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Slovakia

LGBTQ Plus

LGBTQ+ International: Chile's Non-Binary ID, Slovakia In Mourning, Mr Gay World — And The Week’s Other Top News

Welcome to Worldcrunch’s LGBTQ+ International. We bring you up-to-speed each week on a topic you may follow closely at home, but can now see from different places and perspectives around the world. Discover the latest news on everything LGBTQ+ — from all corners of the planet. All in one smooth scroll!

This week featuring:

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Winter Is Coming: Breaking Down Russian Propaganda Across Europe

Hit by EU sanctions, Russia is working hard to spread its own propaganda through neighboring countries. A new study breaks down exactly what that disinformation campaign is saying — and whether it's working.

-Analysis-

KYIV — One of the main narratives of Russian propaganda in recent years can be summed up as: "Russia is a global power and the West must respect it." Yet since the beginning of the invasion, the European Union has imposed a series of sanctions against Russia.

Stay up-to-date with the latest on the Russia-Ukraine war, with our exclusive international coverage.

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In light of this clash, Moscow's propaganda in the West has taken four different and distinct lines: "The future of the EU will be cold and hungry...," "the EU shot itself in the foot...," "the U.S. economy is also suffering, and is now looking for ways to resume business with Russia...," and "sanctions do not harm Russia, they only make it stronger."

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Slovakia's First Woman President, Another Velvet Revolution?

Zuzana Čaputová becomes the country's first female head of state, and brings hope to Slovaks looking to end to corruption and to others for a response to populism across Europe.

-OpEd-

With Zuzana Čaputová, Slovakia enters the world political stage as a bearer of hope. Nothing similar has happened in Central Europe since Václav Havel became president of Czechoslovakia after the Velvet Revolution.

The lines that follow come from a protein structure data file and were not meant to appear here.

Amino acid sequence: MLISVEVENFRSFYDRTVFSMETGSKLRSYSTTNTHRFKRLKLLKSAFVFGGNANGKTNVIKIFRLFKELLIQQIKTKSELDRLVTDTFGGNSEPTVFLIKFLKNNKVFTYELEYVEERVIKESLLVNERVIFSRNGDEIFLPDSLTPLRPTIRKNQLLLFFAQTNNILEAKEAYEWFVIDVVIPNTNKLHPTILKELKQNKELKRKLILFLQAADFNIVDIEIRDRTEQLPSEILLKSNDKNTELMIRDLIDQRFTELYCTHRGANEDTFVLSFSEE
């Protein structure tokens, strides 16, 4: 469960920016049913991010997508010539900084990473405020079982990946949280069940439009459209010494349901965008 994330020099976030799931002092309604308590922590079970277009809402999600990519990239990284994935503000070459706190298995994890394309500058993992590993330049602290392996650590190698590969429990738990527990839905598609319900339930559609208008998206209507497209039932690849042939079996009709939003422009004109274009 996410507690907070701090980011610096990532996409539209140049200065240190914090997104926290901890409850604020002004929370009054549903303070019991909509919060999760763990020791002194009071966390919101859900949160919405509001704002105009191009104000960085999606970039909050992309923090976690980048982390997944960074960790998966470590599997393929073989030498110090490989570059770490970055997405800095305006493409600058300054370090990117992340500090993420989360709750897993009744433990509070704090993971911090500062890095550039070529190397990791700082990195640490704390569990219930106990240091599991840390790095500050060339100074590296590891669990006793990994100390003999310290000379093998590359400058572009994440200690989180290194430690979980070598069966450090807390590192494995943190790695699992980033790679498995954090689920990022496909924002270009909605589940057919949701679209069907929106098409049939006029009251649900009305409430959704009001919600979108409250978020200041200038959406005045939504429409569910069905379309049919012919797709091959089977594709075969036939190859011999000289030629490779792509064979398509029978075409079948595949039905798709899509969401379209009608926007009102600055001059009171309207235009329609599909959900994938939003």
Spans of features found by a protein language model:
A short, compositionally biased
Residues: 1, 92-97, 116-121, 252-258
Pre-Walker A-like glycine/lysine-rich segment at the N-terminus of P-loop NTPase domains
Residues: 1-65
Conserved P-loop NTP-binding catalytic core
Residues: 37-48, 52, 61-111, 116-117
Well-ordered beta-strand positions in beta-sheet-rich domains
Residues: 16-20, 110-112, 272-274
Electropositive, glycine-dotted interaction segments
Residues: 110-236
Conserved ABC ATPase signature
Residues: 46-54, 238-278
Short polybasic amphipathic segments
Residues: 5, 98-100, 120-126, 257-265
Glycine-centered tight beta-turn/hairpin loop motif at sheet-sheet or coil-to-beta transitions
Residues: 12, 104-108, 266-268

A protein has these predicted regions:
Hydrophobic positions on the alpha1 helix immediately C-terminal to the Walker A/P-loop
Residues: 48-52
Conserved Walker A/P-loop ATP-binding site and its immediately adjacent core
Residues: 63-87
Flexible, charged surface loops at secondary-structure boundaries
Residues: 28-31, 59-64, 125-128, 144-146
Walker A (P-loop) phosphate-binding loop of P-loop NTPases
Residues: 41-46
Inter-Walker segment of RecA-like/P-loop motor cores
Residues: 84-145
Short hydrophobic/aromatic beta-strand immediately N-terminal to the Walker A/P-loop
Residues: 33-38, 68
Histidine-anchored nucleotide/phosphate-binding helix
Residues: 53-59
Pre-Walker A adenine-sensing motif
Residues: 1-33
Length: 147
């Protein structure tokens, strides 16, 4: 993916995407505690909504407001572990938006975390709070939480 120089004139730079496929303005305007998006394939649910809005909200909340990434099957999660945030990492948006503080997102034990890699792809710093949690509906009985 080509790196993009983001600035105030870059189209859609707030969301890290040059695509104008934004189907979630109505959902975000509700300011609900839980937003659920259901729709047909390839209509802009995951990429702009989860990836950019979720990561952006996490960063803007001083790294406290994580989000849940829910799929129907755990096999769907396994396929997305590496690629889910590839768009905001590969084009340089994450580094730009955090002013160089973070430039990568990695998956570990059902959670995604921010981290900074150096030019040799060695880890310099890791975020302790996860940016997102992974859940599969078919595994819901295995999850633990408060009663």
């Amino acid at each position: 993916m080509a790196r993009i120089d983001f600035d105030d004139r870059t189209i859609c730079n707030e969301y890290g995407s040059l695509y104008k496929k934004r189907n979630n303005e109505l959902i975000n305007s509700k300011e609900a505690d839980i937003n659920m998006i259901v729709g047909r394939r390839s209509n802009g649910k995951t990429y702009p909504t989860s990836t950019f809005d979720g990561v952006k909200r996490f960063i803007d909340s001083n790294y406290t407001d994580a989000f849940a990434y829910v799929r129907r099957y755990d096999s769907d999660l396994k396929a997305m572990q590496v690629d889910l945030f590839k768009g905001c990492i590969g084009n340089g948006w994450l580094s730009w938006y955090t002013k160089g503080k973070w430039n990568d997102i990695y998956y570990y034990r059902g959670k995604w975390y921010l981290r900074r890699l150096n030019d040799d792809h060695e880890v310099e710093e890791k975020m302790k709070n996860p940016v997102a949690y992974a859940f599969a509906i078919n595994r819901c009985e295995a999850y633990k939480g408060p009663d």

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Slain Slovak Journalist: How Italian Mob Expands Into Eastern Europe

Slovakian authorities are investigating ties between politicians and the Calabria-based Ndràngheta crime syndicate following the killing, last week, of an investigative reporter. Mobsters have been siphoning EU development funds.

BRATISLAVA — In early morning raids across the small towns of Michalovce and Trebišov, in eastern Slovakia, police this week arrested seven Italian men linked to the recent killings of investigative reporter Jan Kuciak and his partner, Martina Kusnirova.

Kuciak was gunned down last Thursday in his home in the town of Velká Maca, east of the Slovakian capital of Bratislava. The journalist had been working on an article that describes the vast Slovakian operations of the Italian "Ndràngheta crime syndicate, including its dealings in agriculture and ties to high-ranking politicians.

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Economy
Florence Beugé

Can Slovakia, Eurozone's Former Black Sheep, Maintain Its Miracle Growth?

In less than a decade, Slovakia has gone from bottom of the class to best in show, with a 2.5% growth in 2012. Will it be able to keep up the miracle, or will it turn out to be just a mirage?

The past ten years have been a success story for Slovakia. The country was the last to arrive in the Eurozone (in 2009), and here it is, taunting Europe. Industrial production is still growing: +2% in May, +10.8% yearly, according to figures published on July 10. In 2012, the growth rate was approximately 2.5%, far from the other, considerably feebler European economies.

Who remembers that in October last year, Bratislava rejected the European Financial Stability Facility before forcing itself to approve it, at the cost of a political crisis? In June, Slovakian parliament ratified the European Stability Mechanism, to which it will contribute 659 million euros over five years. “We’ve often been considered the black sheep of Europe! And now we are the good guys!” says Juraj Karpis, an analyst at the Institute for Economic and Social studies in Bratislava.

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